If you had to count on one hand the number of haven currencies today – the ones that investors flock to when times are turbulent – you might start and finish with the U.S. dollar. Yes, the greenback has its problems: Interest rates are very low, the U.S. economy is hardly shining bright and the Federal Reserve maintains that it wouldn't hesitate to start up the printing presses again should things falter.
But against other currencies -- which is really all that matters -- the dollar looks like the obvious choice for haven-seekers. The U.S. dollar index, which measures the currency against a basket of other currencies, was down slightly in late-morning trading on Friday, but remains close to its highest level since September 2010. It is up about 11 per cent since the end of August.
According to Hale Stewart, who writes the Bonddad Blog, the dollar is now approaching key levels that could point to a rally ahead. He believes that, as currencies go, there are no alternatives, and he knocks them down one-by-one.
The Australian dollar? "The Australian economy is actually one of the best performing economies in the globe. But recent numbers have shown some weakness, leading the Australian central bank to lower rates. The primary issue here is a bi-furcated economy; mining and natural resources are doing very well, but other areas of the economy are a bit weaker."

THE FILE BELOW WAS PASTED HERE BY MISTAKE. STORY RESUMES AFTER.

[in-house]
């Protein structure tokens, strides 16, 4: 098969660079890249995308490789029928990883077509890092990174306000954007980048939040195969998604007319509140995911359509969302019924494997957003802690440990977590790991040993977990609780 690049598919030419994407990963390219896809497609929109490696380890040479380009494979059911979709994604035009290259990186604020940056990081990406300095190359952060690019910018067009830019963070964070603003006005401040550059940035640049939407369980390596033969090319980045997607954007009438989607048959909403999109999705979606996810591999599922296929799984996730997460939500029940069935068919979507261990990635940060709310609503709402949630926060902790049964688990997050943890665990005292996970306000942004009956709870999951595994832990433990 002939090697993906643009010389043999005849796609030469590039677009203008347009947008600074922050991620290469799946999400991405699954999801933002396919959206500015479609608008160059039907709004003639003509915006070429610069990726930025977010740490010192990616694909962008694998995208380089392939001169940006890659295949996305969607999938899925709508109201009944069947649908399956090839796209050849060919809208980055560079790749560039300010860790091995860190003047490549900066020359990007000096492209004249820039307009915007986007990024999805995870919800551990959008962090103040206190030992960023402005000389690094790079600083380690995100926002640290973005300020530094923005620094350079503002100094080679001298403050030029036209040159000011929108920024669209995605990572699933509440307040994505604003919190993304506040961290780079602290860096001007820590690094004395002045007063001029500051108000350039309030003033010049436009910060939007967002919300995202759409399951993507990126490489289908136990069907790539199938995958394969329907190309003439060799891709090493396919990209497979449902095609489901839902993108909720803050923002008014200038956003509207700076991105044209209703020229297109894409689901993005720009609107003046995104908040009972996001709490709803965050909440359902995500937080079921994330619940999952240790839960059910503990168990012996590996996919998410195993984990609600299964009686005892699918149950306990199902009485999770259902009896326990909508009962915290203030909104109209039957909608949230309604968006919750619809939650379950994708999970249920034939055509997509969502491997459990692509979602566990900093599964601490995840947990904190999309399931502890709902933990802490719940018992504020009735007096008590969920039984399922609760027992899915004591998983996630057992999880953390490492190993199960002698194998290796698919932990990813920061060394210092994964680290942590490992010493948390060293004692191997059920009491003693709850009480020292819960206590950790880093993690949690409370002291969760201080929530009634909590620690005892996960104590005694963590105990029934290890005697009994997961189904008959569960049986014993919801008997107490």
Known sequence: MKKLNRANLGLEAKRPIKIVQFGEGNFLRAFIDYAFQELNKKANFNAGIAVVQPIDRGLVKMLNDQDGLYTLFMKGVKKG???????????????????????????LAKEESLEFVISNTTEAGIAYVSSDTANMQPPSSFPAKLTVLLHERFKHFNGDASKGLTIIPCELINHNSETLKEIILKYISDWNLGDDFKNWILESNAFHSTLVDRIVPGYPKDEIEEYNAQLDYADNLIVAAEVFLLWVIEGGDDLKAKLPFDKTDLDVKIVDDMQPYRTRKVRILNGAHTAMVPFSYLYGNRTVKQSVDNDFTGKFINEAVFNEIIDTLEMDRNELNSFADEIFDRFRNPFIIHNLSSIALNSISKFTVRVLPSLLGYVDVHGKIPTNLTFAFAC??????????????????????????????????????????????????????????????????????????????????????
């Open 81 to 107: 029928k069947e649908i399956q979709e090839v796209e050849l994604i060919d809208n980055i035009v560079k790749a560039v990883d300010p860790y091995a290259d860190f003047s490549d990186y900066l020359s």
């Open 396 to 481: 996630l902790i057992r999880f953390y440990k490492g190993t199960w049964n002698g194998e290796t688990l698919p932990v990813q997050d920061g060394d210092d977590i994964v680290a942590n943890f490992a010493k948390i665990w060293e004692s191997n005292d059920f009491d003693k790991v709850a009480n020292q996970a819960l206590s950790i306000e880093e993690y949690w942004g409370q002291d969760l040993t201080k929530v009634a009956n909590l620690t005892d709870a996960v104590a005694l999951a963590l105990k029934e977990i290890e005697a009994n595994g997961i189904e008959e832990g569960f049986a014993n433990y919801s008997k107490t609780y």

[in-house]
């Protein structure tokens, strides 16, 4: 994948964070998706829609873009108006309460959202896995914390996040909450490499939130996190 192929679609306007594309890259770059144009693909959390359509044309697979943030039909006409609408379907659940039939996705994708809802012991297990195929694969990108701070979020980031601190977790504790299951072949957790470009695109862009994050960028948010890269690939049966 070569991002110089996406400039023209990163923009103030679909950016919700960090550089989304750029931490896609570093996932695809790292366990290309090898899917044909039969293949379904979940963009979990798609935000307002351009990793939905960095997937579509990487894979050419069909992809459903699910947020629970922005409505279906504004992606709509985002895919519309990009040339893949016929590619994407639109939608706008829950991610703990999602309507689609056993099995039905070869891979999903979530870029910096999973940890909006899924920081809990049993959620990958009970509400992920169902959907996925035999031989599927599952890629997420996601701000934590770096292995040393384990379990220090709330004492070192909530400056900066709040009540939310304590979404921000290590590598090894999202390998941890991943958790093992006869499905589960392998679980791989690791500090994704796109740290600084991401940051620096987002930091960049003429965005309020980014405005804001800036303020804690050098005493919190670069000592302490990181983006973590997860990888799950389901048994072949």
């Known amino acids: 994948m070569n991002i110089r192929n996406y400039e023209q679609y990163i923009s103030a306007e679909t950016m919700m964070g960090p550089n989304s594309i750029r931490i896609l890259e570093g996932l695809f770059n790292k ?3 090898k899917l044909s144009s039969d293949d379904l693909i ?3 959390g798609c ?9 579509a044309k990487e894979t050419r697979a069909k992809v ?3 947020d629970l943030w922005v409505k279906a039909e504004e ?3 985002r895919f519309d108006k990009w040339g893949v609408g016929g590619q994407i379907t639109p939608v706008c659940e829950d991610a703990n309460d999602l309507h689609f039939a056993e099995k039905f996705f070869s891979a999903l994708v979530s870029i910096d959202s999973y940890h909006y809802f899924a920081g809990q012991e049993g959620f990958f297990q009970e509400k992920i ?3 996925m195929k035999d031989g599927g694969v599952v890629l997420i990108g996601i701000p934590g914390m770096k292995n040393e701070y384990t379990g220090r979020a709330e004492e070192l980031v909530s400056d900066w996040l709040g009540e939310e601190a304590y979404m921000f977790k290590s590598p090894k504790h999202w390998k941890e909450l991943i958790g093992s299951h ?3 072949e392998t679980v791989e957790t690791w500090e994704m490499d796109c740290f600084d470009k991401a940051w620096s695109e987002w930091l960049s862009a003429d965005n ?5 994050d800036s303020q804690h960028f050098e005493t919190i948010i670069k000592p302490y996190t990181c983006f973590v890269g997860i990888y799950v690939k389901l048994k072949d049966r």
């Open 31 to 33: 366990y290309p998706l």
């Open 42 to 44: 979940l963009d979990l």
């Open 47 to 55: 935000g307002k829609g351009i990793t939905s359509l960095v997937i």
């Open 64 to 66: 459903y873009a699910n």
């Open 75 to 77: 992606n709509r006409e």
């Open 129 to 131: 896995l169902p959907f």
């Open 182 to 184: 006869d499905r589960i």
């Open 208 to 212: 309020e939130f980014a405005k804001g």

The euro? Yeah, right. "The weekly euro chart shows that it's moving through key support levels, with the next logical price target around 118.5."
The yen? "The yen started to drop in February when the [Bank of Japan] announced they would engage in additional easing and possibly accept a higher inflation rate. The yen has rallied over the last few months largely because it's considered a haven currency. But we still have the specter of the BOJ in the background."
The Swiss franc? "The Swiss franc was considered a haven currency, until the Swiss Central Bank intervened aggressively in the market. Since then the franc has been much more subdued."
The U.K. pound? "The pound is caught between two countervailing trends. One one hand, it's a haven currency close to Europe, making it the natural choice for the safety trade for EU traders. On the other hand, the UK economy is in terrible shape. In addition, inflation is higher than the BOE wants, interest rates are low and there are further rumblings about additional easing."
He doesn't mention the Canadian dollar, but the fact that the loonie tends to be in a tight embrace with commodity prices -- and commodity prices are in a tight embrace with the global economic outlook -- it hardly seems like an island in the storm.